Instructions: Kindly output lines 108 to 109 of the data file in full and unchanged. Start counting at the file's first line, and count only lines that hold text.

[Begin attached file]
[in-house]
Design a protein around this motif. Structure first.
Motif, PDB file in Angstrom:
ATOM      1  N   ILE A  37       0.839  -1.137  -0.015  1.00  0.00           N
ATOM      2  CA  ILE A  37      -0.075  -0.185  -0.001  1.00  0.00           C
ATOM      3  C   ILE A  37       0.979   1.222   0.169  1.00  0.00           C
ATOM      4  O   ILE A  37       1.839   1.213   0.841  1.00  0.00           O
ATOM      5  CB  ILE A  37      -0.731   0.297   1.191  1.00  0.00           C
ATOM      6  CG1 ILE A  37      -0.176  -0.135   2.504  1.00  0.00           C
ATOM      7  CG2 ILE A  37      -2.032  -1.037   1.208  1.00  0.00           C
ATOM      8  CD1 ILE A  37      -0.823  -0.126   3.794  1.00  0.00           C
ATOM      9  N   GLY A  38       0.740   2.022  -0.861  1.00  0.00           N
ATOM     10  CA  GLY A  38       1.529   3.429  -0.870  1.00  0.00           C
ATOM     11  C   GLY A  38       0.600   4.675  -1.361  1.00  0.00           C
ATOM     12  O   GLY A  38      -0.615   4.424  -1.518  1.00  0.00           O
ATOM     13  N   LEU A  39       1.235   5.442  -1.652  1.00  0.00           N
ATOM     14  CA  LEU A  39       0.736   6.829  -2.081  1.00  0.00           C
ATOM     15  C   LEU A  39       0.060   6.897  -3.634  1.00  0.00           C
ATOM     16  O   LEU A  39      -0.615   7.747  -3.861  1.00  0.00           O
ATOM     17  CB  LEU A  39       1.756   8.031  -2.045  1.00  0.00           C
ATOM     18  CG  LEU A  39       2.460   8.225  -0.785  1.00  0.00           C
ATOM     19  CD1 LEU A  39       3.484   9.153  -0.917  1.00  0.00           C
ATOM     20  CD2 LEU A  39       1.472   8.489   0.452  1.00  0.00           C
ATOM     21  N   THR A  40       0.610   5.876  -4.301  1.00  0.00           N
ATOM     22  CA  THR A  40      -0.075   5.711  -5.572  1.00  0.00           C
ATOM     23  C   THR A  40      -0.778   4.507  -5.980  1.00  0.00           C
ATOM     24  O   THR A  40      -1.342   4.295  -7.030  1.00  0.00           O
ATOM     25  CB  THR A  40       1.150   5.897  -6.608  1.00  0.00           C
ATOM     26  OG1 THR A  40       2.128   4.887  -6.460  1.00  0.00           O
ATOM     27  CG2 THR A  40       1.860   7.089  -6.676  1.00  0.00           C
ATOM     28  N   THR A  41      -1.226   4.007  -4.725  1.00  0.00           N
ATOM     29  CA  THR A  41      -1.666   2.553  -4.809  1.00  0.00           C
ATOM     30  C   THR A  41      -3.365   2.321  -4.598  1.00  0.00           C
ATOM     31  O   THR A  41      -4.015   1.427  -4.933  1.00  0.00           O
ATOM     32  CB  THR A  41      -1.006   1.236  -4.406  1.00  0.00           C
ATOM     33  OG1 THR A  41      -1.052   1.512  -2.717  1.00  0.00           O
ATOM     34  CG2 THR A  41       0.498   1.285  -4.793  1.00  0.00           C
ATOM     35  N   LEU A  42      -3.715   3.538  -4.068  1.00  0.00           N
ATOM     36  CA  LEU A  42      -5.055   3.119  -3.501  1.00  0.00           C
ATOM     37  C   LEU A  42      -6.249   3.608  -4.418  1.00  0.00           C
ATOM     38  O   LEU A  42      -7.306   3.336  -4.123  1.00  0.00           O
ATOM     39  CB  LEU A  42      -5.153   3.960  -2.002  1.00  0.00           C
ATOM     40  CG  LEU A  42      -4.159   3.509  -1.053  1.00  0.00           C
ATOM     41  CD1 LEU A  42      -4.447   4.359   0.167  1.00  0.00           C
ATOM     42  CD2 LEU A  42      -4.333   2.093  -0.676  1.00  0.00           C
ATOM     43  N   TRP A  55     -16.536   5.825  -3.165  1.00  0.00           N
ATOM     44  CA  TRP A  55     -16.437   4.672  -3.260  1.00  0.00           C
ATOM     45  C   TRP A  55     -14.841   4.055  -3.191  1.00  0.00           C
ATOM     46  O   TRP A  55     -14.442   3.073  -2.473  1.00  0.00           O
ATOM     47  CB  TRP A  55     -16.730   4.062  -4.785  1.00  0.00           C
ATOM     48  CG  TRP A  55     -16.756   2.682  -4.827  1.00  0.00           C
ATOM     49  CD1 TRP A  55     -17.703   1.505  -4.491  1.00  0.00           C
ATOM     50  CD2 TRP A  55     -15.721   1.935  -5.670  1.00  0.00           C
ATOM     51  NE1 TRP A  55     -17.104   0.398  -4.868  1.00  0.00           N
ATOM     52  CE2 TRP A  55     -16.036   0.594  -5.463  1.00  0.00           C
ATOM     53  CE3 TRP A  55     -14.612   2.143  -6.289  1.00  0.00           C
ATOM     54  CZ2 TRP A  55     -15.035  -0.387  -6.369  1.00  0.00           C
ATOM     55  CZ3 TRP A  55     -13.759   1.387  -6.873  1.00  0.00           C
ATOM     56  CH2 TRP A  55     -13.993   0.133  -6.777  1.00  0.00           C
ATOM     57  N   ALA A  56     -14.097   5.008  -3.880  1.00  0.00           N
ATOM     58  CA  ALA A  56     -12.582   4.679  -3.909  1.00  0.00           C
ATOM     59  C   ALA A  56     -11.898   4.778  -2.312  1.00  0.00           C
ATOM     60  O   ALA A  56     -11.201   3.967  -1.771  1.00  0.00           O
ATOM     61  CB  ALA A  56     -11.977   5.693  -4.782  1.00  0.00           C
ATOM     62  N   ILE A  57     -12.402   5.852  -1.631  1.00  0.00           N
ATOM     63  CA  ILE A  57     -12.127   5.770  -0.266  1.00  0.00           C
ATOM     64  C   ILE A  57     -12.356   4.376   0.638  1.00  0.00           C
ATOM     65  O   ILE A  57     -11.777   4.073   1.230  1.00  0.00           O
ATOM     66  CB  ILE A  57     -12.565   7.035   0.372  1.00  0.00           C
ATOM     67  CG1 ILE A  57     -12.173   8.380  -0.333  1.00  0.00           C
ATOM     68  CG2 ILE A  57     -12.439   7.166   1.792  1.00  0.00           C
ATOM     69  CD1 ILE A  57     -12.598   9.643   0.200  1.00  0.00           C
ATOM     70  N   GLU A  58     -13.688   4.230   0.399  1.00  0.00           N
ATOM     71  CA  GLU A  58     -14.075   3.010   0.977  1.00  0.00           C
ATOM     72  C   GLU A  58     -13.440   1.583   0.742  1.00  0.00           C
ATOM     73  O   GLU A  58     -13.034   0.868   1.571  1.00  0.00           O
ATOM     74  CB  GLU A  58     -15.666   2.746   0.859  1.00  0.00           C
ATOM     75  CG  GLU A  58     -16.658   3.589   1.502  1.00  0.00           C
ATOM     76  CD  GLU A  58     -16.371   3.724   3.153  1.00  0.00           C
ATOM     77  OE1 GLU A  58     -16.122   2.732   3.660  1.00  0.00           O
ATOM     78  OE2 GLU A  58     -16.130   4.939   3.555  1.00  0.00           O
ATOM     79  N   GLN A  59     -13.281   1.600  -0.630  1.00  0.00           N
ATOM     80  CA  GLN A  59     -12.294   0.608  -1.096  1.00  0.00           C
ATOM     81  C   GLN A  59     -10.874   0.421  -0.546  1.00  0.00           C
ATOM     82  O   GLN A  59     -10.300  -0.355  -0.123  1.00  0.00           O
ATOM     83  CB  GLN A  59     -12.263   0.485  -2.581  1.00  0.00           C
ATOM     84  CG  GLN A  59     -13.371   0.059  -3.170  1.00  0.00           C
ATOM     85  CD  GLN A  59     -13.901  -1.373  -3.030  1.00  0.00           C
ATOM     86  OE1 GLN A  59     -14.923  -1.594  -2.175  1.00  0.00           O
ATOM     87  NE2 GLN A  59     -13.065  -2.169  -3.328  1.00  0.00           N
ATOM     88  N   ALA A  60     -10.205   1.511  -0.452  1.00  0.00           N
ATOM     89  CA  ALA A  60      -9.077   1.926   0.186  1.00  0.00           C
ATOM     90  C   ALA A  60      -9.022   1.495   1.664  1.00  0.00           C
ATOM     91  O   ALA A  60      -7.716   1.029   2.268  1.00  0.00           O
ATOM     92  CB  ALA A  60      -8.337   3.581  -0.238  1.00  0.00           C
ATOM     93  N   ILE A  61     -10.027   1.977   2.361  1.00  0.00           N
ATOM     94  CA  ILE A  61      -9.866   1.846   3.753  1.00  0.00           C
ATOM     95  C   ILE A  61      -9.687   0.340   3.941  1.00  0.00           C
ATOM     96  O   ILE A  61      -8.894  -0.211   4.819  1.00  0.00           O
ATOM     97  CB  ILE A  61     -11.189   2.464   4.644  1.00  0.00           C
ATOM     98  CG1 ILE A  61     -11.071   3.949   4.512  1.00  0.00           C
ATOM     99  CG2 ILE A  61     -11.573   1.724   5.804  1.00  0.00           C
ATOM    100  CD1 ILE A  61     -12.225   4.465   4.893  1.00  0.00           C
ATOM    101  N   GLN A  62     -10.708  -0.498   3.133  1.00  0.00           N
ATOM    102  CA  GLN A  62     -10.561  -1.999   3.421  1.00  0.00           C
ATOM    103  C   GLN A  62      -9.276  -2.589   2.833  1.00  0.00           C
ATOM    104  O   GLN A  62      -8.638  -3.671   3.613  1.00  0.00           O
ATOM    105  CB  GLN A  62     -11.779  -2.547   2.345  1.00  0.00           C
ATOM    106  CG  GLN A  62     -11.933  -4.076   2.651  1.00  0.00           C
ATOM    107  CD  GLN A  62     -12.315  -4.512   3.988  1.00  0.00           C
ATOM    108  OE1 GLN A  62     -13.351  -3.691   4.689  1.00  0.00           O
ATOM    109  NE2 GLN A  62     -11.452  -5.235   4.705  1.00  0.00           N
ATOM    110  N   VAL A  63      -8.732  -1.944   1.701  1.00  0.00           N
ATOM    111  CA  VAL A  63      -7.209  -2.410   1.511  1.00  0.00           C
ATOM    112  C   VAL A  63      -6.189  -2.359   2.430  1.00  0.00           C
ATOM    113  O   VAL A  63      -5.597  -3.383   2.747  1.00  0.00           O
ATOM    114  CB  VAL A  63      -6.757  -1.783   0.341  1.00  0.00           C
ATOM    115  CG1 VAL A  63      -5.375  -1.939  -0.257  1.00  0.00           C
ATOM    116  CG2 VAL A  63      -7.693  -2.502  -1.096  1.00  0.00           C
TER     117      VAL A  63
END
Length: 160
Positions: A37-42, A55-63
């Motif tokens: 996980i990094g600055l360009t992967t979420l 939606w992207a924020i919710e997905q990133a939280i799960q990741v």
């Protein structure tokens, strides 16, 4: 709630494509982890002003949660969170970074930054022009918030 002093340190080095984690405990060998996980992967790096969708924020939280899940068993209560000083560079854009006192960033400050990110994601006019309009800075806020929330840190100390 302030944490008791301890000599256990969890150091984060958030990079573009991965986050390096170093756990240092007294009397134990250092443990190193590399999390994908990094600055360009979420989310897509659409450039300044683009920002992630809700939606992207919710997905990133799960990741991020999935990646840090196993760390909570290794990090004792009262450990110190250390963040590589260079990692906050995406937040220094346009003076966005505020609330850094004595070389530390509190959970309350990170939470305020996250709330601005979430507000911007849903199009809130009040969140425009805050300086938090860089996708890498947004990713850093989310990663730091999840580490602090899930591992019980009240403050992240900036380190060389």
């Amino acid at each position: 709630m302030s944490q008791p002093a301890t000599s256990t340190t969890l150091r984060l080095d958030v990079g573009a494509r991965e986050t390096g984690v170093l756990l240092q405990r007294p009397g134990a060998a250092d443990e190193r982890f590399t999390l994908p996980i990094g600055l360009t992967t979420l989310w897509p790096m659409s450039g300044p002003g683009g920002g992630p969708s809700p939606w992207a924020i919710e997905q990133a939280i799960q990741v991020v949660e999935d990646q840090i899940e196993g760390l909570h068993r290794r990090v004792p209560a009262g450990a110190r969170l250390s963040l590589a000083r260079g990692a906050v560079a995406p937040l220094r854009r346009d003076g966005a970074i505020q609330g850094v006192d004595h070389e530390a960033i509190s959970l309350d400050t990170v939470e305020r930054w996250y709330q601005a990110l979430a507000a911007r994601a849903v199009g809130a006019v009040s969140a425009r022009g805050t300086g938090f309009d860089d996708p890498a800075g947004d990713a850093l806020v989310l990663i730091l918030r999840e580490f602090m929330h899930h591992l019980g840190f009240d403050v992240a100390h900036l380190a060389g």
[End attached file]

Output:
ATOM    105  CB  GLN A  62     -11.779  -2.547   2.345  1.00  0.00           C
ATOM    106  CG  GLN A  62     -11.933  -4.076   2.651  1.00  0.00           C